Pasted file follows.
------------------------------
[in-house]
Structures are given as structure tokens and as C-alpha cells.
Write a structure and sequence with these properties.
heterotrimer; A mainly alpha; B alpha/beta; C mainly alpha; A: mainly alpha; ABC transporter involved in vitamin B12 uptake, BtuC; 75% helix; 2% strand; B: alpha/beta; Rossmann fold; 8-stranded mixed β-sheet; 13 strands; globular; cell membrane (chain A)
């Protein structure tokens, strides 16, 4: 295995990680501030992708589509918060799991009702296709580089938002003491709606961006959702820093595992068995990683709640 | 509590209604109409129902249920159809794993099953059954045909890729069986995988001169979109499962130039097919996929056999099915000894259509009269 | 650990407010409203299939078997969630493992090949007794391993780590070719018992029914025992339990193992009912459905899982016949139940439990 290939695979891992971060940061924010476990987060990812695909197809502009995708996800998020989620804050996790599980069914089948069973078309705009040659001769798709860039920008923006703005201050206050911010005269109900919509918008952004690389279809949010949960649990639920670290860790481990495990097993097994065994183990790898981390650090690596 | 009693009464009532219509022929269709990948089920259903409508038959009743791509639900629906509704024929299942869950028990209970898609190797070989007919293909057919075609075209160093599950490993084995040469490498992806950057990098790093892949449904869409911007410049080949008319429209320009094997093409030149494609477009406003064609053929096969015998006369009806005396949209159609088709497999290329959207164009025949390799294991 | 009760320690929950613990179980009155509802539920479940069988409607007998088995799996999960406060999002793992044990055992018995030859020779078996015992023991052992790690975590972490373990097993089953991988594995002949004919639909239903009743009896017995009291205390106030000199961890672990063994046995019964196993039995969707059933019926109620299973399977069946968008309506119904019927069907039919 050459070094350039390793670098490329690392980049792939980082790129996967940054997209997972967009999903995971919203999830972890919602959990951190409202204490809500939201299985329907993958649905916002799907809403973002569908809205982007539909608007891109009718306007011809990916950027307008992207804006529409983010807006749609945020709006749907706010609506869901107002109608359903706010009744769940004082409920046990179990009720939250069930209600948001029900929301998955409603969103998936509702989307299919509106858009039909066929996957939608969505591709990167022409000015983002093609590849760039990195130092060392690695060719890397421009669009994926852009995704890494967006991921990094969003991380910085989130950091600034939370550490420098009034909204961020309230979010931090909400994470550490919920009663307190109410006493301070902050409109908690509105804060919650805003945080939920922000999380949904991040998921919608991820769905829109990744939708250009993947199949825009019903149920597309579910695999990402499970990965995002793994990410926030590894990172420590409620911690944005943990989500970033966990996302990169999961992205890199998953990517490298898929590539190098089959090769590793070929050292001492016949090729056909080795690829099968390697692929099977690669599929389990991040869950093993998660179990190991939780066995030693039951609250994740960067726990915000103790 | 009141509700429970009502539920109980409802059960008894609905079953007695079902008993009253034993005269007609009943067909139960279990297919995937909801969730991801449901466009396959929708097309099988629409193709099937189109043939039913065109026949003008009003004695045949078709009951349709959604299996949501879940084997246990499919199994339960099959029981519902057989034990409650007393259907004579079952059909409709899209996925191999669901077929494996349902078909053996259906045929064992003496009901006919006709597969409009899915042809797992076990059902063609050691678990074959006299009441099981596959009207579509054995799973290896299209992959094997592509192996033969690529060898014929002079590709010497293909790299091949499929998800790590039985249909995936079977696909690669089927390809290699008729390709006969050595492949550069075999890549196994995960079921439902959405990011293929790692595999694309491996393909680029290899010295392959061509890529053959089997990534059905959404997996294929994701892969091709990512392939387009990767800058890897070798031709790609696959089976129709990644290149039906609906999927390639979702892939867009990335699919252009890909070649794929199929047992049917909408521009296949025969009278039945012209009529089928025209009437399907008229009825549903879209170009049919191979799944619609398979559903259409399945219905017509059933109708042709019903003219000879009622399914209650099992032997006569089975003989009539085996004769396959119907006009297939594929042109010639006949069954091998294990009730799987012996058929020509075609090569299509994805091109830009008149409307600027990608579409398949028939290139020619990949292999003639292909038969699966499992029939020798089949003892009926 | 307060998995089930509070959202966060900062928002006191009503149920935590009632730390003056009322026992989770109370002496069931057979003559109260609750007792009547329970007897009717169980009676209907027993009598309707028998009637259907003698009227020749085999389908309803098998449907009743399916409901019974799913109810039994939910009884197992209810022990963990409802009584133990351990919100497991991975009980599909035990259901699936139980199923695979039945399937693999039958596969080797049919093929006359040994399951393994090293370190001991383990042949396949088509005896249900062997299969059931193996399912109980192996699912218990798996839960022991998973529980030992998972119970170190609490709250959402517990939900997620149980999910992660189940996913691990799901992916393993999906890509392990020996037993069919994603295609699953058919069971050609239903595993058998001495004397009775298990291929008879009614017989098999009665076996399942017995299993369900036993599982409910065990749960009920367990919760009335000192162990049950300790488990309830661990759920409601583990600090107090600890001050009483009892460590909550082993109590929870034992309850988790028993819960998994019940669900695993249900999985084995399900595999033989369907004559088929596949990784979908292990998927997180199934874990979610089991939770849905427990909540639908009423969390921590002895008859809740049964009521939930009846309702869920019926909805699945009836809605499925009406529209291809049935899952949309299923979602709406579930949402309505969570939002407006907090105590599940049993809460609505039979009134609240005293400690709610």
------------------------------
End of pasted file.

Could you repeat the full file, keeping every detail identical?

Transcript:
[in-house]
Structures are given as structure tokens and as C-alpha cells.
Write a structure and sequence with these properties.
heterotrimer; A mainly alpha; B alpha/beta; C mainly alpha; A: mainly alpha; ABC transporter involved in vitamin B12 uptake, BtuC; 75% helix; 2% strand; B: alpha/beta; Rossmann fold; 8-stranded mixed β-sheet; 13 strands; globular; cell membrane (chain A)
């Protein structure tokens, strides 16, 4: 295995990680501030992708589509918060799991009702296709580089938002003491709606961006959702820093595992068995990683709640 | 509590209604109409129902249920159809794993099953059954045909890729069986995988001169979109499962130039097919996929056999099915000894259509009269 | 650990407010409203299939078997969630493992090949007794391993780590070719018992029914025992339990193992009912459905899982016949139940439990 290939695979891992971060940061924010476990987060990812695909197809502009995708996800998020989620804050996790599980069914089948069973078309705009040659001769798709860039920008923006703005201050206050911010005269109900919509918008952004690389279809949010949960649990639920670290860790481990495990097993097994065994183990790898981390650090690596 | 009693009464009532219509022929269709990948089920259903409508038959009743791509639900629906509704024929299942869950028990209970898609190797070989007919293909057919075609075209160093599950490993084995040469490498992806950057990098790093892949449904869409911007410049080949008319429209320009094997093409030149494609477009406003064609053929096969015998006369009806005396949209159609088709497999290329959207164009025949390799294991 | 009760320690929950613990179980009155509802539920479940069988409607007998088995799996999960406060999002793992044990055992018995030859020779078996015992023991052992790690975590972490373990097993089953991988594995002949004919639909239903009743009896017995009291205390106030000199961890672990063994046995019964196993039995969707059933019926109620299973399977069946968008309506119904019927069907039919 050459070094350039390793670098490329690392980049792939980082790129996967940054997209997972967009999903995971919203999830972890919602959990951190409202204490809500939201299985329907993958649905916002799907809403973002569908809205982007539909608007891109009718306007011809990916950027307008992207804006529409983010807006749609945020709006749907706010609506869901107002109608359903706010009744769940004082409920046990179990009720939250069930209600948001029900929301998955409603969103998936509702989307299919509106858009039909066929996957939608969505591709990167022409000015983002093609590849760039990195130092060392690695060719890397421009669009994926852009995704890494967006991921990094969003991380910085989130950091600034939370550490420098009034909204961020309230979010931090909400994470550490919920009663307190109410006493301070902050409109908690509105804060919650805003945080939920922000999380949904991040998921919608991820769905829109990744939708250009993947199949825009019903149920597309579910695999990402499970990965995002793994990410926030590894990172420590409620911690944005943990989500970033966990996302990169999961992205890199998953990517490298898929590539190098089959090769590793070929050292001492016949090729056909080795690829099968390697692929099977690669599929389990991040869950093993998660179990190991939780066995030693039951609250994740960067726990915000103790 | 009141509700429970009502539920109980409802059960008894609905079953007695079902008993009253034993005269007609009943067909139960279990297919995937909801969730991801449901466009396959929708097309099988629409193709099937189109043939039913065109026949003008009003004695045949078709009951349709959604299996949501879940084997246990499919199994339960099959029981519902057989034990409650007393259907004579079952059909409709899209996925191999669901077929494996349902078909053996259906045929064992003496009901006919006709597969409009899915042809797992076990059902063609050691678990074959006299009441099981596959009207579509054995799973290896299209992959094997592509192996033969690529060898014929002079590709010497293909790299091949499929998800790590039985249909995936079977696909690669089927390809290699008729390709006969050595492949550069075999890549196994995960079921439902959405990011293929790692595999694309491996393909680029290899010295392959061509890529053959089997990534059905959404997996294929994701892969091709990512392939387009990767800058890897070798031709790609696959089976129709990644290149039906609906999927390639979702892939867009990335699919252009890909070649794929199929047992049917909408521009296949025969009278039945012209009529089928025209009437399907008229009825549903879209170009049919191979799944619609398979559903259409399945219905017509059933109708042709019903003219000879009622399914209650099992032997006569089975003989009539085996004769396959119907006009297939594929042109010639006949069954091998294990009730799987012996058929020509075609090569299509994805091109830009008149409307600027990608579409398949028939290139020619990949292999003639292909038969699966499992029939020798089949003892009926 | 307060998995089930509070959202966060900062928002006191009503149920935590009632730390003056009322026992989770109370002496069931057979003559109260609750007792009547329970007897009717169980009676209907027993009598309707028998009637259907003698009227020749085999389908309803098998449907009743399916409901019974799913109810039994939910009884197992209810022990963990409802009584133990351990919100497991991975009980599909035990259901699936139980199923695979039945399937693999039958596969080797049919093929006359040994399951393994090293370190001991383990042949396949088509005896249900062997299969059931193996399912109980192996699912218990798996839960022991998973529980030992998972119970170190609490709250959402517990939900997620149980999910992660189940996913691990799901992916393993999906890509392990020996037993069919994603295609699953058919069971050609239903595993058998001495004397009775298990291929008879009614017989098999009665076996399942017995299993369900036993599982409910065990749960009920367990919760009335000192162990049950300790488990309830661990759920409601583990600090107090600890001050009483009892460590909550082993109590929870034992309850988790028993819960998994019940669900695993249900999985084995399900595999033989369907004559088929596949990784979908292990998927997180199934874990979610089991939770849905427990909540639908009423969390921590002895008859809740049964009521939930009846309702869920019926909805699945009836809605499925009406529209291809049935899952949309299923979602709406579930949402309505969570939002407006907090105590599940049993809460609505039979009134609240005293400690709610």